Speeding up Django tests during development.

This is part of outline created for a talk given at work regarding speeding up Django tests during development1.

We use Django extensively at work and some of my personal one off application also use Django because I am more productive in it.

If you are fan of TDD or work in fairly large enough web application with lots of developers, good test-suite or good documentation serves in reducing technical debt in the long run, since a corollary of writing testable code is you methods become more succinct and you would try to concentrate on business logic so as to have less dependency on on database while running test.

One of the things which hampers in TDD is if your test suite takes lot of time in running, following are some of things you can use while running tests to improve test running time.

Avoid IO

This seems obvious but try to avoid IO operations in tests either by mocking them or extracting business logic out and just testing that part.

Minimize IO Overhead

Avoiding IO altogether is not possible sometimes and when you might have inherited a legacy application you need a place to start,

to do this

Use mock Objects

Use a mock library like mock to install mock library if you are in python 22.

mock library makes mocking object really easy

book = Mock(spec=Book)

creates a mock book object ready to be used in code.

Another good library to which immensely helps out while mocking models is model_mommy which provides fixtures for your models


class Book(Model):  
    name = models.CharField(max_length=255)
    publisher = models.ForeignKey(Publisher)
    author = models.ForeignKey(Author)

when you do mommy.make(Book) it will automatically create a book object with arbitrary fields in compliance with constraint supplied3. also if you already have a Author object you can supply to Book model like mommy.make(Book, author=pb) here pb is a Publisher object.

This will save a query for Book model in the database, which might not sound much but when you have 100's of test-cases , it quickly adds up.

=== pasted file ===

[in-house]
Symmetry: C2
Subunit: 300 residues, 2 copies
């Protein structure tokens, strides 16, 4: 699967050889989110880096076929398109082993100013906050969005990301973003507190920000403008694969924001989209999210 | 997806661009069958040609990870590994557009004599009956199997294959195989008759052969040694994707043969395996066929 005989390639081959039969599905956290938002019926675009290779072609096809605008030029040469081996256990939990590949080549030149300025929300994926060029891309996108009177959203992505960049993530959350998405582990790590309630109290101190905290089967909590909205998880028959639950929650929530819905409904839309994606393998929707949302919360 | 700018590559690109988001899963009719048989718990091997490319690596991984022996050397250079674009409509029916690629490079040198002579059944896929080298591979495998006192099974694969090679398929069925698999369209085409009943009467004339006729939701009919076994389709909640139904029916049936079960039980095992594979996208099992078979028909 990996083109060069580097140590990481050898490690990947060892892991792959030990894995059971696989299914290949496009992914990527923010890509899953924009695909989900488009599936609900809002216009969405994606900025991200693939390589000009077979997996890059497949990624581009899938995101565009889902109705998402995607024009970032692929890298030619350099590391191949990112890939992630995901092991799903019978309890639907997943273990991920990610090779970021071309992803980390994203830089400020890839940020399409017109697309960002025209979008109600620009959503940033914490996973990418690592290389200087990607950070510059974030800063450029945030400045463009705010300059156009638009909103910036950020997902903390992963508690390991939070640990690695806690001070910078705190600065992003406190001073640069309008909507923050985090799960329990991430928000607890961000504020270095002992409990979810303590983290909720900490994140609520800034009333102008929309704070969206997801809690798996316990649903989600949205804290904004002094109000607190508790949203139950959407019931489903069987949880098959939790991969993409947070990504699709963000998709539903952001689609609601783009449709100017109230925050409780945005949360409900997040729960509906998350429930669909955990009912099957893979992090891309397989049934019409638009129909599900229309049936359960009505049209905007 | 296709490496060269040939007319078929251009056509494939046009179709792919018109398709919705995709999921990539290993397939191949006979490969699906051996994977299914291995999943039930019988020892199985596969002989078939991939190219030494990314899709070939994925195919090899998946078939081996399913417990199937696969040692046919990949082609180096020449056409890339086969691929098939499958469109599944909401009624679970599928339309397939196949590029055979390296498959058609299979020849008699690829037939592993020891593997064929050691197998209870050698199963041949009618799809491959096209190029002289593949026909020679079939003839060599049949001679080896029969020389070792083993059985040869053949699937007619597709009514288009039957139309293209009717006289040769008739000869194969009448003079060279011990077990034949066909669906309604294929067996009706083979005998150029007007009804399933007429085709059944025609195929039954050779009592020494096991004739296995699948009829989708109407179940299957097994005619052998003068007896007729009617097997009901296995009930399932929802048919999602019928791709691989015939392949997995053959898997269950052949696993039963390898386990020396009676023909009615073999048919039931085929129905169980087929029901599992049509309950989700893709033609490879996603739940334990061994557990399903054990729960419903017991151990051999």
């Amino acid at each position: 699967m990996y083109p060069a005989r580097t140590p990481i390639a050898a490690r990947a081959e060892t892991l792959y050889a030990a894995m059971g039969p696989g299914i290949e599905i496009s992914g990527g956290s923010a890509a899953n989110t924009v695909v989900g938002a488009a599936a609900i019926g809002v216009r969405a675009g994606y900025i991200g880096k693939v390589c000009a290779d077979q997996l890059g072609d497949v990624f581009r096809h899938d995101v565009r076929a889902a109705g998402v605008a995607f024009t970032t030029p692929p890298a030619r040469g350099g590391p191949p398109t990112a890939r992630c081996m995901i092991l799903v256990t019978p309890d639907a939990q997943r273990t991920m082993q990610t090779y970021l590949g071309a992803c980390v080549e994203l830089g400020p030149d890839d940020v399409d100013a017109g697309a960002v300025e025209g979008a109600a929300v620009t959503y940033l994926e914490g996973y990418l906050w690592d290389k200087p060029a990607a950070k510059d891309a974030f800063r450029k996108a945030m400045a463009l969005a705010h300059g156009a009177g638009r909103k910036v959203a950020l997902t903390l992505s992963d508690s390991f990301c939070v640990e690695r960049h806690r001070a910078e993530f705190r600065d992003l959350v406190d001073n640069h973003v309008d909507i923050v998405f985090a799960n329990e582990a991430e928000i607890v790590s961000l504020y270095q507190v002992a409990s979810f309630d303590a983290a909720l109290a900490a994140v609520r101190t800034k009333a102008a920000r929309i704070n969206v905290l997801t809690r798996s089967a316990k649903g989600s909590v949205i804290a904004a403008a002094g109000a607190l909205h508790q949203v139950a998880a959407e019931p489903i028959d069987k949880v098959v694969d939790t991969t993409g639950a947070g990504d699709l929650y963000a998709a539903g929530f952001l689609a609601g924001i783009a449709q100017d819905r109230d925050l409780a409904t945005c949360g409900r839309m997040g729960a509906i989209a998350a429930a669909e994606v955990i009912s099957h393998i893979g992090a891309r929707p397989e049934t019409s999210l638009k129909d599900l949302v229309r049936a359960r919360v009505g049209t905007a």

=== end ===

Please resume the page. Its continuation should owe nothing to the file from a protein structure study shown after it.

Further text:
Use sqlite or MySQL in-memory mode

Following code changes database to SQLITE

if 'test' in sys.argv or 'test_coverage' in sys.argv: #Covers regular testing and django-coverage  
    DATABASES['default'] = {'ENGINE': 'django.db.backends.sqlite3'} 

ideally above code should also contain cache disabling which results in slight performance improvement but also is generally a good practice to avoid any surprises4.

if 'test' in sys.argv or 'test_coverage' in sys.argv: #Covers regular testing and django-coverage  
    DATABASES['default'] = {'ENGINE': 'django.db.backends.sqlite3'} 
    CACHES['default'] = {"BACKEND": 'django.core.cache.backends.dummy.DummyCache'}

this results in database being more performance, and since operations are happening in-memory, they are fast.

One last tip:

Change the order of Password hashers to a weaker hash which will result in considerable improvement in time.

if 'test' in sys.argv:  

If you are new testing or general TDD or are just learning django, I highly recommend Test-Driven Development with Python by Harry Percival.

Lastly I urge to run the tests once in a while with all these settings disabled because in essence this is mocking of actual environment and nothing really replaces the actual environment.

discuss this post on reddit

  1. researched from http://pyvideo.org/search?q=django+test

  2. this is already inbuilt in python 3

  3. For example, auto-generated name would not exceed 255 characters.

  4. The code uses dummy cache backend which acts like a blackhole - saves nothing, returns nothing.